Over the years mountaineering has become an increasingly popular hobby. Every year thousands of people take to the planet’s mountains to test themselves, take in the sights, and bask in nature’s beauty.
But mountaineering isn’t a hobby without risks. Mountaineers often get themselves into trouble and require a helping hand from the authorities.
These rescues can be perilous but have become fairly routine. Except in the case of the curious case of Kenji Iwamura and his SOS. What started out as a textbook rescue operation became something much stranger, puzzling Japanese authorities for decades.
Kenji Kawamura: Still Missing
Our story begins on the afternoon of 24 July 1989 in Daisetsuzan National Park, located in the center of the northern Japanese island of Hokkaido. Two men from Tokyo were mountaineering on the path from Mount Kurodake to Mount Asahidake when they became lost. Rather than following the path they turned around and started heading south, toward the Chubetsugawa River.
When the two men didn’t arrive as expected the alarm bell was raised and the Hokkaido police sent out a rescue helicopter to look for them. It was a large search area, especially since the two men had so deviated from their planned route but luckily the police soon came across a massive SOS sign made up of 19 birch trees, each roughly 5 meters (16 feet) long.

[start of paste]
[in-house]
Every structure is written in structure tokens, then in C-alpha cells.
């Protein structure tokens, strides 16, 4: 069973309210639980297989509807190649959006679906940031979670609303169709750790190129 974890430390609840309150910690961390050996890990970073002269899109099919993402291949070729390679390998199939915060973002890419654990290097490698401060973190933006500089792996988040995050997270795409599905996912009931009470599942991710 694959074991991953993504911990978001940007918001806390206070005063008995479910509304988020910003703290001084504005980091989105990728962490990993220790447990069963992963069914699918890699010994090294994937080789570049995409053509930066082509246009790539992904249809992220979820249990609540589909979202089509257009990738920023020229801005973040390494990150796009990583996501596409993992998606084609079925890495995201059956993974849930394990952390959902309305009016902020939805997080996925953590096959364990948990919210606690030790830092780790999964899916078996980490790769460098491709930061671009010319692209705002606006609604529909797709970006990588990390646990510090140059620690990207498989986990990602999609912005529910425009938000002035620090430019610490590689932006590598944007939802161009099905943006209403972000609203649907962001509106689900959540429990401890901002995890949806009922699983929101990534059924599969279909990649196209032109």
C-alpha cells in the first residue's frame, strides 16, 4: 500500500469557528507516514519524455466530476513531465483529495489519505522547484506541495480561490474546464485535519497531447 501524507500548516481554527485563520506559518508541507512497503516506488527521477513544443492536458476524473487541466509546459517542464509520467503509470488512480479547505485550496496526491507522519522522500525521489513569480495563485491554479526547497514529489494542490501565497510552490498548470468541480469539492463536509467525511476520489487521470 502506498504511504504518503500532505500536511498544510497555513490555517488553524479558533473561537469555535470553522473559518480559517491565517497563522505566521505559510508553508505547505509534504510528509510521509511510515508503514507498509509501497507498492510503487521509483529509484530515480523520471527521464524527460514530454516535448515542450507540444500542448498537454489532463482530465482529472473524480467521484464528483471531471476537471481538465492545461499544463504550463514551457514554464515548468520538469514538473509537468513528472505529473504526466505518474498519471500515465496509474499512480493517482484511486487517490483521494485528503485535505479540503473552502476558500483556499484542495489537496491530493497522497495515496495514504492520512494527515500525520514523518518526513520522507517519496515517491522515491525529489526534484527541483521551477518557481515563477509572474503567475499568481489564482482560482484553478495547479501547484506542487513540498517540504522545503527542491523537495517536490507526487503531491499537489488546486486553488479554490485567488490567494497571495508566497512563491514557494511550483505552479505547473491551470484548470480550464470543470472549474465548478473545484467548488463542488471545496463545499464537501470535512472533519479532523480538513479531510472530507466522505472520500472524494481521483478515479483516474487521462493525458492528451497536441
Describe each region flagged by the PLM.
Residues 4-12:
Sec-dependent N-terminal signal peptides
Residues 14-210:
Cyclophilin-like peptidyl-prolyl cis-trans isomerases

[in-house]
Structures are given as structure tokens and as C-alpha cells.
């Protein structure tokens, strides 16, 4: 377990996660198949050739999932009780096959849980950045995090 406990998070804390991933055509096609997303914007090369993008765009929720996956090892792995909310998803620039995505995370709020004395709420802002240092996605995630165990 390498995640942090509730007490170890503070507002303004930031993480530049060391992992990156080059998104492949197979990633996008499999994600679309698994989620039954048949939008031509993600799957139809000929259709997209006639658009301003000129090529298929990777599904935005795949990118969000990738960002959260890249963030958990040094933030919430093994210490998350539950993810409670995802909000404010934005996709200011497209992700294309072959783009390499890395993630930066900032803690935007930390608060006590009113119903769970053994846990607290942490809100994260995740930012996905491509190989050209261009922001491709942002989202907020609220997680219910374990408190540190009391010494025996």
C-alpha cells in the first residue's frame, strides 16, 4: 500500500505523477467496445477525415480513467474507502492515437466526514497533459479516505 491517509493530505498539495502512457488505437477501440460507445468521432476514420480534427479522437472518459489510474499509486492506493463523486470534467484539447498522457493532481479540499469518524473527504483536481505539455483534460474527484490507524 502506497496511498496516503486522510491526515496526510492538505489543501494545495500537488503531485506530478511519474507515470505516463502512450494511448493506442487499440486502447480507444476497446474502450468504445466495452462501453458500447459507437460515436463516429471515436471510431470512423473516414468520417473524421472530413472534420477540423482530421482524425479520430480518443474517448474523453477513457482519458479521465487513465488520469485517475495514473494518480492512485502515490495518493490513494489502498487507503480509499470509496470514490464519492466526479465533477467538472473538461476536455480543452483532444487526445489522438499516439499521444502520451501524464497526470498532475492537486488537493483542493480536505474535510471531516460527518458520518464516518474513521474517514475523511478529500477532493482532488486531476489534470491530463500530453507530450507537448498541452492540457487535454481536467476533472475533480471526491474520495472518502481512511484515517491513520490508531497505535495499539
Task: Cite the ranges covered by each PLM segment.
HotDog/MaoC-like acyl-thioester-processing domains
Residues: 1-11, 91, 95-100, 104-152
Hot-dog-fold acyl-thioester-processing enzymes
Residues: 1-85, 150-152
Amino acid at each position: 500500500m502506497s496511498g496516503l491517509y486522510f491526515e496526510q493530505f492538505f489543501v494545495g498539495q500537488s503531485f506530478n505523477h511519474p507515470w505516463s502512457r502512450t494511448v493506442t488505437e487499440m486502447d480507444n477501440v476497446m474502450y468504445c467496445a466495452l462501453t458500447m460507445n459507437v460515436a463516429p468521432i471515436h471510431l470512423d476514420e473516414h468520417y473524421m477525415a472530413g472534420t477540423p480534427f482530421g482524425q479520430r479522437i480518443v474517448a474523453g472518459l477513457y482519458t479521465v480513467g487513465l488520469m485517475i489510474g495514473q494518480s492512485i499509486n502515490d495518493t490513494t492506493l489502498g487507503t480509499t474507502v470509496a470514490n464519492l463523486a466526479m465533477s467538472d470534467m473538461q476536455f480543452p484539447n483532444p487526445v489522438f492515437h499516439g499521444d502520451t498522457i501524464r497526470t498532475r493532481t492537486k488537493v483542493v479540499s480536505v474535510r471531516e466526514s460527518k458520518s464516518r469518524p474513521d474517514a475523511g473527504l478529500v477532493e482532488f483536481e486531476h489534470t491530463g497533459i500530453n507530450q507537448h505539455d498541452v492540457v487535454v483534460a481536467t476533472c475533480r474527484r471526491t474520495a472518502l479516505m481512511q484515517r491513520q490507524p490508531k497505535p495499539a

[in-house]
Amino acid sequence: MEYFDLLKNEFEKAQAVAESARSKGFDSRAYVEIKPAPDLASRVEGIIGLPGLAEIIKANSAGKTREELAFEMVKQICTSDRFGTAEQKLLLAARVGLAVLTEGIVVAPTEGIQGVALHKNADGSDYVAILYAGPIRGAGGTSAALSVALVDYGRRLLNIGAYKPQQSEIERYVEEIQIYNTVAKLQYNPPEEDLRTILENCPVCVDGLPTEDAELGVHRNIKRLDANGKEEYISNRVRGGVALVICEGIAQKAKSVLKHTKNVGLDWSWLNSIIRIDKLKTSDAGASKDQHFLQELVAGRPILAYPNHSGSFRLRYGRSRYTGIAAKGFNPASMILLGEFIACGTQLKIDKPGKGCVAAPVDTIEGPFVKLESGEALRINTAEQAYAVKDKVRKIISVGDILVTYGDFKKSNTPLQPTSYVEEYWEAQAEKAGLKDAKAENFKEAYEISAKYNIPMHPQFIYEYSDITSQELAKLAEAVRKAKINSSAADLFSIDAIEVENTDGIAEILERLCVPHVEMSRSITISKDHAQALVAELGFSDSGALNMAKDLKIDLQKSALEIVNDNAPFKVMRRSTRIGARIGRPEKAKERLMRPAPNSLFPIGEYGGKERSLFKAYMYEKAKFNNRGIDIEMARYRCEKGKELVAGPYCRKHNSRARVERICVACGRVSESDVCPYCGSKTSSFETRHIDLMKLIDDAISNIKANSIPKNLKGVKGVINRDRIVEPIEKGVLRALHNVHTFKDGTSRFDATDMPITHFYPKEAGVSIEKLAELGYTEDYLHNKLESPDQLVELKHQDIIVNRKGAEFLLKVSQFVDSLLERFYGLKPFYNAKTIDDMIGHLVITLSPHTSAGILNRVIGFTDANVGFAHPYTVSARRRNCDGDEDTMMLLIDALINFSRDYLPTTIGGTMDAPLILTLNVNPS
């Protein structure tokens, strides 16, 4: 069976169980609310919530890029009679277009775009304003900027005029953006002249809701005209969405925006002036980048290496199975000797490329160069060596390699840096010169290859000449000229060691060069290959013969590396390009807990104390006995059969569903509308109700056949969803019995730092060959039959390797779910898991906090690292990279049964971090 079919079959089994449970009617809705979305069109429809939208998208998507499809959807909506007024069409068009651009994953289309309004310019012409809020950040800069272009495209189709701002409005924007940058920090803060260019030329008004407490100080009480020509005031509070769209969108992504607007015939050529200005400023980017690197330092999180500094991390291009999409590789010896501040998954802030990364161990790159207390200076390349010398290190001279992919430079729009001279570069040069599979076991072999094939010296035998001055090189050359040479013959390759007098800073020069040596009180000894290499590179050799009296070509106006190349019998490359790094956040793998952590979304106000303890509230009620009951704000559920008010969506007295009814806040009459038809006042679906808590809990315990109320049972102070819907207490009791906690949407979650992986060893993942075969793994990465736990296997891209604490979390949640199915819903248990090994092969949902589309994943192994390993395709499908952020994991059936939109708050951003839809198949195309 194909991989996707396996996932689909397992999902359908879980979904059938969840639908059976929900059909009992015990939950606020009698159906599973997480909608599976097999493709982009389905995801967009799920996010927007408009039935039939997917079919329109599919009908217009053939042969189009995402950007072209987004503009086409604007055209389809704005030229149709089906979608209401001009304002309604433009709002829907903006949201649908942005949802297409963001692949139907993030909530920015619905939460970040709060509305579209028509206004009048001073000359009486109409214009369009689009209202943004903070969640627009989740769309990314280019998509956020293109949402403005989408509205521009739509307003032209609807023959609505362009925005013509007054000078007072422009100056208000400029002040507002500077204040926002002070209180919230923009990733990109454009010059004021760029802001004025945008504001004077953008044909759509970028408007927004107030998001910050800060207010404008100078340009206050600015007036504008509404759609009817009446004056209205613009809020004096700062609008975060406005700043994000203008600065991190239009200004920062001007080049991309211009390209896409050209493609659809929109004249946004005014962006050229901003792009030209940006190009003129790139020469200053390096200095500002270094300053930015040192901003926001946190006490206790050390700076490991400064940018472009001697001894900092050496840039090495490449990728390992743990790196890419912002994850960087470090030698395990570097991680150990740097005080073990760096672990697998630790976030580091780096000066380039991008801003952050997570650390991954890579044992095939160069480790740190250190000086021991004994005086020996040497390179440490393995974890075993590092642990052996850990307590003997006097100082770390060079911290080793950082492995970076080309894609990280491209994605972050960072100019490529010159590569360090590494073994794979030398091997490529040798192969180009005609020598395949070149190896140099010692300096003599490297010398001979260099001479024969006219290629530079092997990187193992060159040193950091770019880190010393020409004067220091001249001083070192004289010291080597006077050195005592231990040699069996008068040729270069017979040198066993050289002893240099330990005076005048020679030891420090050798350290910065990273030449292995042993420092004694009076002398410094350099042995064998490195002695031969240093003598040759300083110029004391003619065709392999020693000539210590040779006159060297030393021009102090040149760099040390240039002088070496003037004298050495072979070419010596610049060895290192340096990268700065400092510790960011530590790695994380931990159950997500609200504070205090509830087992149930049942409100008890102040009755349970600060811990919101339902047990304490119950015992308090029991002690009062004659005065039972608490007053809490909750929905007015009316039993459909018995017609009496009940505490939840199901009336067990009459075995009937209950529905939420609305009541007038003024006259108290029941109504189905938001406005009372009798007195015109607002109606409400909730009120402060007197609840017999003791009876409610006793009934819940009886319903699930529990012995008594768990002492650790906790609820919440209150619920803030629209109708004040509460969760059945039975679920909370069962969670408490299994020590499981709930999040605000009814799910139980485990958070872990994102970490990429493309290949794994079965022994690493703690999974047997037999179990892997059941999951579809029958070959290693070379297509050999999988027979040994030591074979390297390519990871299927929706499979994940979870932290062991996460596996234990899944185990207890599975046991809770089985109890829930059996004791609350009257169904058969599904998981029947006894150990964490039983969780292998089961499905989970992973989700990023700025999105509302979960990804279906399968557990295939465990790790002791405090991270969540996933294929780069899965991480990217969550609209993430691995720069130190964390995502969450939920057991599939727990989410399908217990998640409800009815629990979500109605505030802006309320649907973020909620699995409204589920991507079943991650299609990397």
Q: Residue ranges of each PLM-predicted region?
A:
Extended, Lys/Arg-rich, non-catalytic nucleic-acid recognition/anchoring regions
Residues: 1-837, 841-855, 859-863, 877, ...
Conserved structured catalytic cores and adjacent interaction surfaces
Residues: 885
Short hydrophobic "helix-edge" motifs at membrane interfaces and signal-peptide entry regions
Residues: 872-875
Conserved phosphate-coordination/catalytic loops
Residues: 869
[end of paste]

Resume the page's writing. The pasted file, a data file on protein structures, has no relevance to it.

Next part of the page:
The police couldn’t see the men at the SOS site but found the two city slickers roughly 2-3 km (1-2 miles) north of the sign. The helicopter swooped down and picked them up. Another successful rescue for the Hokkaido police force. But then things took a strange turn.
Upon boarding the helicopter, the men were debriefed by the police. They were given food and water while one rescuer remarked how resourceful it had been of the two men to build such an impressive sign. The two Tokyo men had no idea what the officer was referring to.
The helicopter quickly circled back to show the rescuers the sign that had been their salvation. They had never seen it before. It was nothing short of a miracle that they had become lost so close to the pre-existing sign. A chilling realization then struck the police officers, someone else was stuck on the mountain and needed rescuing.
Unfortunately, it was too late in the day to send out another rescue team. The police just had to hope that whoever was stranded out in the mountains would survive until the following day. On the next day, July 25th, 1989, a second search and rescue operation began. The SOS was around 4 km (2.5 miles) from the summit of Mount Asahidake, and the police searched the area thoroughly.
A Chilling Discovery
The police found numerous human bone fragments close to the SOS site, most of them with traces of animal bites. Some of these bones were broken, perhaps while the person was alive, giving police a clue as to their ultimate fate.